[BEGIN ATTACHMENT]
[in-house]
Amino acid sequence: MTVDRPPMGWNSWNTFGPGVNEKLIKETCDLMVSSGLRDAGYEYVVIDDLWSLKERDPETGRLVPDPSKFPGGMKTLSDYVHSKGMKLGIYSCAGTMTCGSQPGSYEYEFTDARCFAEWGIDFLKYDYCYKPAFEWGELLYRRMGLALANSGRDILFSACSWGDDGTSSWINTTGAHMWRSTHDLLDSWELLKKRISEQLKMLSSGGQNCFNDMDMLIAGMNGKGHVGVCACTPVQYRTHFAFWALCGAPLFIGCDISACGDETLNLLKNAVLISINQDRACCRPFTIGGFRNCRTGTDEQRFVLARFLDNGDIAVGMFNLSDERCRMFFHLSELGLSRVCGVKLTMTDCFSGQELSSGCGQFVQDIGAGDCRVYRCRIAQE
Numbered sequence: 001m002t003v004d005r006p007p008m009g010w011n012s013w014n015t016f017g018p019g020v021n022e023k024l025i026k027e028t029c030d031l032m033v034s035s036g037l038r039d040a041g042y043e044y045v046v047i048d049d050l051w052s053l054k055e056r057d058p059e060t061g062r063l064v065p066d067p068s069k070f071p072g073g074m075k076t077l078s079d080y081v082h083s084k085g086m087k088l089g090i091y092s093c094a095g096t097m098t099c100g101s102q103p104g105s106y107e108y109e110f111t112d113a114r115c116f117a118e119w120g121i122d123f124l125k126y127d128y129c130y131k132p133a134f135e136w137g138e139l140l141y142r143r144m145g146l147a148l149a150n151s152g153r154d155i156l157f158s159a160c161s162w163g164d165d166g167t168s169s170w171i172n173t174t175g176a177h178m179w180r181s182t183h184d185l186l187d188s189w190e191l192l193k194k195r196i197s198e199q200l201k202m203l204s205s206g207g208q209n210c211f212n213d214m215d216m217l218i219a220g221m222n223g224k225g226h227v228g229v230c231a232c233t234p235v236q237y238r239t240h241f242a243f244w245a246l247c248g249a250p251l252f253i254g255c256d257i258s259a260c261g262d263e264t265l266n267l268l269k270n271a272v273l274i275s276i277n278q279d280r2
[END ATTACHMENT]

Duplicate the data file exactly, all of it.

[in-house]
Amino acid sequence: MTVDRPPMGWNSWNTFGPGVNEKLIKETCDLMVSSGLRDAGYEYVVIDDLWSLKERDPETGRLVPDPSKFPGGMKTLSDYVHSKGMKLGIYSCAGTMTCGSQPGSYEYEFTDARCFAEWGIDFLKYDYCYKPAFEWGELLYRRMGLALANSGRDILFSACSWGDDGTSSWINTTGAHMWRSTHDLLDSWELLKKRISEQLKMLSSGGQNCFNDMDMLIAGMNGKGHVGVCACTPVQYRTHFAFWALCGAPLFIGCDISACGDETLNLLKNAVLISINQDRACCRPFTIGGFRNCRTGTDEQRFVLARFLDNGDIAVGMFNLSDERCRMFFHLSELGLSRVCGVKLTMTDCFSGQELSSGCGQFVQDIGAGDCRVYRCRIAQE
Numbered sequence: 001m002t003v004d005r006p007p008m009g010w011n012s013w014n015t016f017g018p019g020v021n022e023k024l025i026k027e028t029c030d031l032m033v034s035s036g037l038r039d040a041g042y043e044y045v046v047i048d049d050l051w052s053l054k055e056r057d058p059e060t061g062r063l064v065p066d067p068s069k070f071p072g073g074m075k076t077l078s079d080y081v082h083s084k085g086m087k088l089g090i091y092s093c094a095g096t097m098t099c100g101s102q103p104g105s106y107e108y109e110f111t112d113a114r115c116f117a118e119w120g121i122d123f124l125k126y127d128y129c130y131k132p133a134f135e136w137g138e139l140l141y142r143r144m145g146l147a148l149a150n151s152g153r154d155i156l157f158s159a160c161s162w163g164d165d166g167t168s169s170w171i172n173t174t175g176a177h178m179w180r181s182t183h184d185l186l187d188s189w190e191l192l193k194k195r196i197s198e199q200l201k202m203l204s205s206g207g208q209n210c211f212n213d214m215d216m217l218i219a220g221m222n223g224k225g226h227v228g229v230c231a232c233t234p235v236q237y238r239t240h241f242a243f244w245a246l247c248g249a250p251l252f253i254g255c256d257i258s259a260c261g262d263e264t265l266n267l268l269k270n271a272v273l274i275s276i277n278q279d280r2